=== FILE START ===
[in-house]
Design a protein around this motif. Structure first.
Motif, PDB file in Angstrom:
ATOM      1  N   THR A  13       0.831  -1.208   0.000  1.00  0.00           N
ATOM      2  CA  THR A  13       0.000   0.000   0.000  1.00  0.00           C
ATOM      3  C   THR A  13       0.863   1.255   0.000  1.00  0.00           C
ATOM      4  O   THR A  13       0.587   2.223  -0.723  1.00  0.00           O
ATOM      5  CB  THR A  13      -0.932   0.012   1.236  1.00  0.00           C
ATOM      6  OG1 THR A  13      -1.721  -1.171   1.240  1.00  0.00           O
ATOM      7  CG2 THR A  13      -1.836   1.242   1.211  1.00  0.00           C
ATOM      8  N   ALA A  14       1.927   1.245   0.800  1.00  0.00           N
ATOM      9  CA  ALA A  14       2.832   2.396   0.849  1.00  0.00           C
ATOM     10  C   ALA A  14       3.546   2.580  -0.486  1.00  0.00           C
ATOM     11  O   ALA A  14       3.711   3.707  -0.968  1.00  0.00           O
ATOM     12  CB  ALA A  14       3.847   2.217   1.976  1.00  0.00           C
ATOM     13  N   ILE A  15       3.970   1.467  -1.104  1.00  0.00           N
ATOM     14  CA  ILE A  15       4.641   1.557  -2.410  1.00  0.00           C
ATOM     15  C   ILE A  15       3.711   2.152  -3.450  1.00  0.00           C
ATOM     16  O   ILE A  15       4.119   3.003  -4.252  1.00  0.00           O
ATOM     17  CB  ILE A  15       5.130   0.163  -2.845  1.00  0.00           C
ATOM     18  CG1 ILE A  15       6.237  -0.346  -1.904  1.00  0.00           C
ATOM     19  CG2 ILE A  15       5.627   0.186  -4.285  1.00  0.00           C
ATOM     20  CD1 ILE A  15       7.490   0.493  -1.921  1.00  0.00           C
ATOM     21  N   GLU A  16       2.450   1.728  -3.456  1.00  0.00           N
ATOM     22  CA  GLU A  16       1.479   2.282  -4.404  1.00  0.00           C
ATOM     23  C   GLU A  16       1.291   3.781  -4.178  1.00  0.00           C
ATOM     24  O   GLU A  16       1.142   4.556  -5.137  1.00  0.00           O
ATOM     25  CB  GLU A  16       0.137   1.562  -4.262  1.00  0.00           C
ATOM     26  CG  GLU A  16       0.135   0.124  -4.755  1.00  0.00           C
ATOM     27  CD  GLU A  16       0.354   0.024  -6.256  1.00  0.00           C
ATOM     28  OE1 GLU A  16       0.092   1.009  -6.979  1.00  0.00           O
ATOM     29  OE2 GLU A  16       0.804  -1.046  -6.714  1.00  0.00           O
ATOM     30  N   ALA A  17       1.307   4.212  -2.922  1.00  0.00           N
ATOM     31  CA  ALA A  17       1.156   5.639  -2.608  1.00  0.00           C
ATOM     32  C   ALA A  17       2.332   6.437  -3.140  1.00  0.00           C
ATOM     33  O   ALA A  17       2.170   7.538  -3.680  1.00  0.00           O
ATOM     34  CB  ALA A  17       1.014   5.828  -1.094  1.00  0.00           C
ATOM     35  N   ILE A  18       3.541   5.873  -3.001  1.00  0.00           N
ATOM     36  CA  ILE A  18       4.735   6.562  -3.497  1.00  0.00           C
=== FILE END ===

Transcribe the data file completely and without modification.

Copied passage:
[in-house]
Design a protein around this motif. Structure first.
Motif, PDB file in Angstrom:
ATOM      1  N   THR A  13       0.831  -1.208   0.000  1.00  0.00           N
ATOM      2  CA  THR A  13       0.000   0.000   0.000  1.00  0.00           C
ATOM      3  C   THR A  13       0.863   1.255   0.000  1.00  0.00           C
ATOM      4  O   THR A  13       0.587   2.223  -0.723  1.00  0.00           O
ATOM      5  CB  THR A  13      -0.932   0.012   1.236  1.00  0.00           C
ATOM      6  OG1 THR A  13      -1.721  -1.171   1.240  1.00  0.00           O
ATOM      7  CG2 THR A  13      -1.836   1.242   1.211  1.00  0.00           C
ATOM      8  N   ALA A  14       1.927   1.245   0.800  1.00  0.00           N
ATOM      9  CA  ALA A  14       2.832   2.396   0.849  1.00  0.00           C
ATOM     10  C   ALA A  14       3.546   2.580  -0.486  1.00  0.00           C
ATOM     11  O   ALA A  14       3.711   3.707  -0.968  1.00  0.00           O
ATOM     12  CB  ALA A  14       3.847   2.217   1.976  1.00  0.00           C
ATOM     13  N   ILE A  15       3.970   1.467  -1.104  1.00  0.00           N
ATOM     14  CA  ILE A  15       4.641   1.557  -2.410  1.00  0.00           C
ATOM     15  C   ILE A  15       3.711   2.152  -3.450  1.00  0.00           C
ATOM     16  O   ILE A  15       4.119   3.003  -4.252  1.00  0.00           O
ATOM     17  CB  ILE A  15       5.130   0.163  -2.845  1.00  0.00           C
ATOM     18  CG1 ILE A  15       6.237  -0.346  -1.904  1.00  0.00           C
ATOM     19  CG2 ILE A  15       5.627   0.186  -4.285  1.00  0.00           C
ATOM     20  CD1 ILE A  15       7.490   0.493  -1.921  1.00  0.00           C
ATOM     21  N   GLU A  16       2.450   1.728  -3.456  1.00  0.00           N
ATOM     22  CA  GLU A  16       1.479   2.282  -4.404  1.00  0.00           C
ATOM     23  C   GLU A  16       1.291   3.781  -4.178  1.00  0.00           C
ATOM     24  O   GLU A  16       1.142   4.556  -5.137  1.00  0.00           O
ATOM     25  CB  GLU A  16       0.137   1.562  -4.262  1.00  0.00           C
ATOM     26  CG  GLU A  16       0.135   0.124  -4.755  1.00  0.00           C
ATOM     27  CD  GLU A  16       0.354   0.024  -6.256  1.00  0.00           C
ATOM     28  OE1 GLU A  16       0.092   1.009  -6.979  1.00  0.00           O
ATOM     29  OE2 GLU A  16       0.804  -1.046  -6.714  1.00  0.00           O
ATOM     30  N   ALA A  17       1.307   4.212  -2.922  1.00  0.00           N
ATOM     31  CA  ALA A  17       1.156   5.639  -2.608  1.00  0.00           C
ATOM     32  C   ALA A  17       2.332   6.437  -3.140  1.00  0.00           C
ATOM     33  O   ALA A  17       2.170   7.538  -3.680  1.00  0.00           O
ATOM     34  CB  ALA A  17       1.014   5.828  -1.094  1.00  0.00           C
ATOM     35  N   ILE A  18       3.541   5.873  -3.001  1.00  0.00           N
ATOM     36  CA  ILE A  18       4.735   6.562  -3.497  1.00  0.00           C